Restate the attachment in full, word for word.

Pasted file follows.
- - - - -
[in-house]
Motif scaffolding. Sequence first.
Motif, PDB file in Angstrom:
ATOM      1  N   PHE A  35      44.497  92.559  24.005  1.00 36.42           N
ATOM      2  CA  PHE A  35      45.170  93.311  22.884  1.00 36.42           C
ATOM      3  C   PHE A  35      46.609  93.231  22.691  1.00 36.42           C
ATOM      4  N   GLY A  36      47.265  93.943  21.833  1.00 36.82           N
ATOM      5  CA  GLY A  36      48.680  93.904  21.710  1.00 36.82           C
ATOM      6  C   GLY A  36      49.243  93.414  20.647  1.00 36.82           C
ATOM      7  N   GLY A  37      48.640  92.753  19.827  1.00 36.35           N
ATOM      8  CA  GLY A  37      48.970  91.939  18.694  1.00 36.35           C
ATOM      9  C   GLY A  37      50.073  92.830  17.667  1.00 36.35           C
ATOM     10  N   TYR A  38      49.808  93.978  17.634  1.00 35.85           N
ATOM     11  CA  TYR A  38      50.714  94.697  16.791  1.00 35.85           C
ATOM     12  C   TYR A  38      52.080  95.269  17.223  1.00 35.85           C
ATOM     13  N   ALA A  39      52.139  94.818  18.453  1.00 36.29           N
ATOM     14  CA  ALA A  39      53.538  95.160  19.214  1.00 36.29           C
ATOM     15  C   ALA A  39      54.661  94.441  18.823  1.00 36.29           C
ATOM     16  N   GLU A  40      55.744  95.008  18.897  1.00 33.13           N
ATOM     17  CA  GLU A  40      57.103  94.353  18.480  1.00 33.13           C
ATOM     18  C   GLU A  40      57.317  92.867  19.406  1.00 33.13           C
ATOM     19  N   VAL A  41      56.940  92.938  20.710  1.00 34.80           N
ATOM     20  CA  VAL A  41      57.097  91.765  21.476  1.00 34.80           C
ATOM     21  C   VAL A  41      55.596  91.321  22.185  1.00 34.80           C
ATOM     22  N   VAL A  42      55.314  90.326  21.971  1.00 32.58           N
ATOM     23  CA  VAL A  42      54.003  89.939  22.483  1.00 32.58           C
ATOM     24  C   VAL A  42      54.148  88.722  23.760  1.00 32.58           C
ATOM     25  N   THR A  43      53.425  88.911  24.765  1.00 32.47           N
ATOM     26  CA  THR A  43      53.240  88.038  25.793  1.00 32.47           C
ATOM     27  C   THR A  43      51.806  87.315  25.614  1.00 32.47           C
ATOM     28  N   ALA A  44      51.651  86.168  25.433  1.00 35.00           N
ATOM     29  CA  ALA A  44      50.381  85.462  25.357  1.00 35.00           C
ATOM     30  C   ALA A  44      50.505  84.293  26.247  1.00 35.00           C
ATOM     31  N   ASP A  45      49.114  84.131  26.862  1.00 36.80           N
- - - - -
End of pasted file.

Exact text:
[in-house]
Motif scaffolding. Sequence first.
Motif, PDB file in Angstrom:
ATOM      1  N   PHE A  35      44.497  92.559  24.005  1.00 36.42           N
ATOM      2  CA  PHE A  35      45.170  93.311  22.884  1.00 36.42           C
ATOM      3  C   PHE A  35      46.609  93.231  22.691  1.00 36.42           C
ATOM      4  N   GLY A  36      47.265  93.943  21.833  1.00 36.82           N
ATOM      5  CA  GLY A  36      48.680  93.904  21.710  1.00 36.82           C
ATOM      6  C   GLY A  36      49.243  93.414  20.647  1.00 36.82           C
ATOM      7  N   GLY A  37      48.640  92.753  19.827  1.00 36.35           N
ATOM      8  CA  GLY A  37      48.970  91.939  18.694  1.00 36.35           C
ATOM      9  C   GLY A  37      50.073  92.830  17.667  1.00 36.35           C
ATOM     10  N   TYR A  38      49.808  93.978  17.634  1.00 35.85           N
ATOM     11  CA  TYR A  38      50.714  94.697  16.791  1.00 35.85           C
ATOM     12  C   TYR A  38      52.080  95.269  17.223  1.00 35.85           C
ATOM     13  N   ALA A  39      52.139  94.818  18.453  1.00 36.29           N
ATOM     14  CA  ALA A  39      53.538  95.160  19.214  1.00 36.29           C
ATOM     15  C   ALA A  39      54.661  94.441  18.823  1.00 36.29           C
ATOM     16  N   GLU A  40      55.744  95.008  18.897  1.00 33.13           N
ATOM     17  CA  GLU A  40      57.103  94.353  18.480  1.00 33.13           C
ATOM     18  C   GLU A  40      57.317  92.867  19.406  1.00 33.13           C
ATOM     19  N   VAL A  41      56.940  92.938  20.710  1.00 34.80           N
ATOM     20  CA  VAL A  41      57.097  91.765  21.476  1.00 34.80           C
ATOM     21  C   VAL A  41      55.596  91.321  22.185  1.00 34.80           C
ATOM     22  N   VAL A  42      55.314  90.326  21.971  1.00 32.58           N
ATOM     23  CA  VAL A  42      54.003  89.939  22.483  1.00 32.58           C
ATOM     24  C   VAL A  42      54.148  88.722  23.760  1.00 32.58           C
ATOM     25  N   THR A  43      53.425  88.911  24.765  1.00 32.47           N
ATOM     26  CA  THR A  43      53.240  88.038  25.793  1.00 32.47           C
ATOM     27  C   THR A  43      51.806  87.315  25.614  1.00 32.47           C
ATOM     28  N   ALA A  44      51.651  86.168  25.433  1.00 35.00           N
ATOM     29  CA  ALA A  44      50.381  85.462  25.357  1.00 35.00           C
ATOM     30  C   ALA A  44      50.505  84.293  26.247  1.00 35.00           C
ATOM     31  N   ASP A  45      49.114  84.131  26.862  1.00 36.80           N